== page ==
At least he'll love the moving boxes, even if he worries if he'll love his new home as much as his old home.

Activities to Help Children Understand Moving

by Kathryn Walsh

A huge master suite might be all it takes to excite you for a move. To your kiddo, moving means Santa might not find him this year -- and when his toys get packed away, he might believe you're sending them to a kid who eats green veggies. In addition to dealing with clumsy movers and change-of-address forms, make plenty of time to help little ones understand that a move is a beginning, not an end.

1. Explore the New Place

Tell your child you're moving 30 miles away and you might as well say you're moving to the moon. Make things real by exploring the new house before moving day. If you're moving somewhere local, drive over and show him inside, or just walk around the neighborhood, pointing out where he'll ride his bike and finding the closest library and grocery store so he'll see how much his new neighborhood resembles the old. When you're moving further, spend a few hours exploring the new neighborhood online. Using aerial maps, show him the house and street, and look up sites of preschools, parks, zoos and children's museums where he'll become a regular. Just the promise of a new baby lemur at the local zoo might be enough to excite him.

2. Say Goodbye to Home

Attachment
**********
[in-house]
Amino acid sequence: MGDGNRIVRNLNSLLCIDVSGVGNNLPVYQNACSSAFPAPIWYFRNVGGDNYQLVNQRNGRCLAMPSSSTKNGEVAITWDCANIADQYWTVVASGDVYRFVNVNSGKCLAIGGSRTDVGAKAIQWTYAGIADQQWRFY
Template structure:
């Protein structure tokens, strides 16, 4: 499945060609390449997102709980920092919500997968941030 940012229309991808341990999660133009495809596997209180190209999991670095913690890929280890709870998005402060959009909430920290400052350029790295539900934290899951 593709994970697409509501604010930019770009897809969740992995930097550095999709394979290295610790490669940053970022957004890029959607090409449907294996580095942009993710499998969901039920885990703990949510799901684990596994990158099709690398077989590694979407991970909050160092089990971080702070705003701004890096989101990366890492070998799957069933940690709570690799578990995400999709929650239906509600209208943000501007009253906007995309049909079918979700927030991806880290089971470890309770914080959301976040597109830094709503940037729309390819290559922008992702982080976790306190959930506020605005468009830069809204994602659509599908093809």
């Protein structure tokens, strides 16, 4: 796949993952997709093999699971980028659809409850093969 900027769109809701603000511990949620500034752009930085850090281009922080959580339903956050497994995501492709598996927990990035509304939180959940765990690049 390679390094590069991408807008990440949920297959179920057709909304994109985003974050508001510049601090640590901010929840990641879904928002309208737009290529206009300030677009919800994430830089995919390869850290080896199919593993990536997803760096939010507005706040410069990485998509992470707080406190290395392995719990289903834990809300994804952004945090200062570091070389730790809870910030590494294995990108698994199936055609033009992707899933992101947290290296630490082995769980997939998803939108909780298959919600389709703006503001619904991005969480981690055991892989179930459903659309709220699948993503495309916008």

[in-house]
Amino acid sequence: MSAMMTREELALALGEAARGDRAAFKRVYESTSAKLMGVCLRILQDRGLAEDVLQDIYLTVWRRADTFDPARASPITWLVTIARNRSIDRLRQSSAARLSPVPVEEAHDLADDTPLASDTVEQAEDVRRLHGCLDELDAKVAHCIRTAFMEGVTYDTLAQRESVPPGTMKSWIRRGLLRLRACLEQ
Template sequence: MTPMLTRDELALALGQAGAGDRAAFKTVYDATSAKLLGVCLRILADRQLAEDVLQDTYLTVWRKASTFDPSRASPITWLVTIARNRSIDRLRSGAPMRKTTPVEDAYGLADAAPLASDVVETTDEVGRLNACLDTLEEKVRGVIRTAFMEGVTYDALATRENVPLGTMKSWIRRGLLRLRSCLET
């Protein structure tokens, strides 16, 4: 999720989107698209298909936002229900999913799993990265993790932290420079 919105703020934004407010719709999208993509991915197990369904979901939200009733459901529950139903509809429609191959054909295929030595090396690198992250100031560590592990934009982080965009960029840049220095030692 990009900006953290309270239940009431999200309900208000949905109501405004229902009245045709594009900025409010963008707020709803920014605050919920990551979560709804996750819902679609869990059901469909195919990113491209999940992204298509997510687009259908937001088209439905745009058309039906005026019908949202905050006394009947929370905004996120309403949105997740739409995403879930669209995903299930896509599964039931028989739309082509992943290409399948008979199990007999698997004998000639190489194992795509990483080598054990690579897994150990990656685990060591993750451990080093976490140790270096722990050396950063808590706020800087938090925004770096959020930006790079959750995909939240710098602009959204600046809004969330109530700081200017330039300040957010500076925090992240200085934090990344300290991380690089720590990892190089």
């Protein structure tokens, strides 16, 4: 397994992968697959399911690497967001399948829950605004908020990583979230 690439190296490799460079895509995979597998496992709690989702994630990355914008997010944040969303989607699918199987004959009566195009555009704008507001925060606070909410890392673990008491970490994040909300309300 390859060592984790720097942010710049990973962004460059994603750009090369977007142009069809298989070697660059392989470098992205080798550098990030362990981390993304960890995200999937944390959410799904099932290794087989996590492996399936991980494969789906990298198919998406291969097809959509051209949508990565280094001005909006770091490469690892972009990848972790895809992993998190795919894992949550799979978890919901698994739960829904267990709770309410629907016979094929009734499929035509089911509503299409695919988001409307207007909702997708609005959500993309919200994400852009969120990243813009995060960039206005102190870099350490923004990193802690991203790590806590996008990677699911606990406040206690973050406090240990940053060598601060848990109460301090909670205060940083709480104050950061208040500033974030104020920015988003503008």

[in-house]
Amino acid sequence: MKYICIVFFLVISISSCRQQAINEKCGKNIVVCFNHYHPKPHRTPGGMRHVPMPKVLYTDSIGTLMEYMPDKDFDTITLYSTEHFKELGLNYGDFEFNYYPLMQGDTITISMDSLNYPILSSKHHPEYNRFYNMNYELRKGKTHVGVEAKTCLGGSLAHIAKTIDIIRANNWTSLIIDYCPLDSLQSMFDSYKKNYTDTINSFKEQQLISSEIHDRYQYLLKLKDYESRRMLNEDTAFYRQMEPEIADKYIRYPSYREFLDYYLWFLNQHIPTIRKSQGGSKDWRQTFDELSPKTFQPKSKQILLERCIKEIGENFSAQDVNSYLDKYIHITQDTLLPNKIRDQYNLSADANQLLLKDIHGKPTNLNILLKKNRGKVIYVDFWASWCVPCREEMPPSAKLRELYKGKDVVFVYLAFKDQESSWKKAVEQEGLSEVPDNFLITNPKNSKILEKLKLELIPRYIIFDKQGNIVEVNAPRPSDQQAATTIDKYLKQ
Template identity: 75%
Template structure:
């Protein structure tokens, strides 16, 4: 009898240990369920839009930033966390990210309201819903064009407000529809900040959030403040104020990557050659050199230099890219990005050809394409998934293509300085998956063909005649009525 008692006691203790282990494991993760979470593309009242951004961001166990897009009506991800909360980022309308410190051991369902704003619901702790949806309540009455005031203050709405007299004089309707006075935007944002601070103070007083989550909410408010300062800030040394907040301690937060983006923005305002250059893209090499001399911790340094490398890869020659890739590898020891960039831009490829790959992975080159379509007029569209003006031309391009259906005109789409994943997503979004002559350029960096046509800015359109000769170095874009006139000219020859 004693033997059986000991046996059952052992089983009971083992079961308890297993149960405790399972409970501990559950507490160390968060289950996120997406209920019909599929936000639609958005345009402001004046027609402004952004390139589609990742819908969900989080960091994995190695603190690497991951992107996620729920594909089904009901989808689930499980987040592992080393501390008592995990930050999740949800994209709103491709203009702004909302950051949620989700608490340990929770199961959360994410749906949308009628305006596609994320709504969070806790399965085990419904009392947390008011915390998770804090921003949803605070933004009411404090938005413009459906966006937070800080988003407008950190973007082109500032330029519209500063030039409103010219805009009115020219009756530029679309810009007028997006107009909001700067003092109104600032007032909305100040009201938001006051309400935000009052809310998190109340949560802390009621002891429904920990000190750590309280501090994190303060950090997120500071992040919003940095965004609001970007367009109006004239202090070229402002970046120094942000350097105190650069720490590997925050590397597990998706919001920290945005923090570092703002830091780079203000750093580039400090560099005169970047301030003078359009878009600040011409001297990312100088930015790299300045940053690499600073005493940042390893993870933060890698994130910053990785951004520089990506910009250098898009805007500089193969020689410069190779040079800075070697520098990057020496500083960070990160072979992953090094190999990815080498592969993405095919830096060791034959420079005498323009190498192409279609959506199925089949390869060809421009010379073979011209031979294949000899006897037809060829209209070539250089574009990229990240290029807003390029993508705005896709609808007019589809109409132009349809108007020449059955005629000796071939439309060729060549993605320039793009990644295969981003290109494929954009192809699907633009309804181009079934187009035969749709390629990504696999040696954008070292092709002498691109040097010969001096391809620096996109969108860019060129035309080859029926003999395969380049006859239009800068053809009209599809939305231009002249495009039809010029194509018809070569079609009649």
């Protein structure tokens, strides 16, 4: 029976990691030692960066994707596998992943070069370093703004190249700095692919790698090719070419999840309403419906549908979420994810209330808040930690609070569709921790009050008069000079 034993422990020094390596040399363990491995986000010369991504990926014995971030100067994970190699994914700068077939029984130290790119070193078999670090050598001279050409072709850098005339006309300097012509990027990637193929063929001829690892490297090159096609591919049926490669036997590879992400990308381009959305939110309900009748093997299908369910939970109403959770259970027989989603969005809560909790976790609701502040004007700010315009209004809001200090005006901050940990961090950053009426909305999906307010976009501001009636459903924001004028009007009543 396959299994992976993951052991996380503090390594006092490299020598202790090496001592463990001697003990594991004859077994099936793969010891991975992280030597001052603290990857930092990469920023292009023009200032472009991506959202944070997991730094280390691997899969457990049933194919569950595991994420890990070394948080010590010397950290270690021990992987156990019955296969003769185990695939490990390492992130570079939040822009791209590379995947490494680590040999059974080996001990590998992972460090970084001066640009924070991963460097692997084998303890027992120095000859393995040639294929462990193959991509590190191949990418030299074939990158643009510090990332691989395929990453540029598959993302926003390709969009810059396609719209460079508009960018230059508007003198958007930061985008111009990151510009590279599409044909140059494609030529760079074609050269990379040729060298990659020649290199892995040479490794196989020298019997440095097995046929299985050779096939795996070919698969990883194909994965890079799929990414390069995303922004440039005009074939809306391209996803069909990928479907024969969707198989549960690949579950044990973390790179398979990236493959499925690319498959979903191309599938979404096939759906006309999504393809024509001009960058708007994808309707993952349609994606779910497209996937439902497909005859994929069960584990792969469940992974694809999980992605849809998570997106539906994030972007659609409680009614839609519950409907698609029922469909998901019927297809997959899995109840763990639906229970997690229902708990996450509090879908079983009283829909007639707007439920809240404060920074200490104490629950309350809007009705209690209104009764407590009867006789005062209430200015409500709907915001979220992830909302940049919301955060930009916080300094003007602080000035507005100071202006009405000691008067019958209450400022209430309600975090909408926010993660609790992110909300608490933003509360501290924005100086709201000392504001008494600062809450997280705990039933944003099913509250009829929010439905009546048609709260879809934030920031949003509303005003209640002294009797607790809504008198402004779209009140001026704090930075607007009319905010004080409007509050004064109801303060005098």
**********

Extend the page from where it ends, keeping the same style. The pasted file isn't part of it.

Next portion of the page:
Digging up the coffins of beloved pet frogs and goldfish from the backyard is excessive when you're moving from an old house. Still, giving your kiddo a chance to say goodbye to his old home will prepare him to leave it behind. Spend a few hours walking around the yard and house, documenting beloved spots and taking treasures that will travel with you to the new place. Take photos of him holding his arms like a tree in the spot where the Christmas tree always stood and snap him holding up his favorite rubber ducky in the tub. Help him collect fallen twigs from the backyard and cut off a square of his room's wallpaper from the leftover rolls in the garage, and explain why you can't take his bedroom windows with you as a memento.

3. Get Packing

Realistically, involving your little guy in packing will only add time to the process instead of making it faster, but it's a worthwhile exercise if it helps him understand that he'll see his things again soon. Lay out boxes, bubble wrap, tissue paper and bags and use an excited voice to say something like, "Can you help me get all these toys ready to go to our new house?" While you'll have to handle the breakables alone, your munchkin can help place clothing and soft toys in boxes. As the items disappear into each box, talk about what place they'll have in the new home. When a favorite stuffed animal gets packed, say, "Monkey is going to love living on the shelf in your new blue bedroom!" Pretending to love packing might even make it a less miserable chore for you. Maybe.

4. Stage a Pretend Move

He's psyched for the tree-swing-ready oak in the new house's backyard and he's let his favorite plastic dinosaurs get packed away without a fuss. Watching burly, sweaty men lug his bed out of the house might still feel traumatic to a little guy, and the chaos of moving day is enough to make him long for his old pacifier. Prep him for the big day by acting it out in advance. Use an old dollhouse (if it hasn't yet been packed) or rely on toy trucks, Lego men and drawings to demonstrate how workers come into the house, take all the furniture and boxes out and put them on trucks. Explain that the trucks drive to the new house and the workers bring all the things back inside. Children's books about moving can also help him understand that moving can be exciting and happy. After all, he doesn't have to carry boxes full of china.

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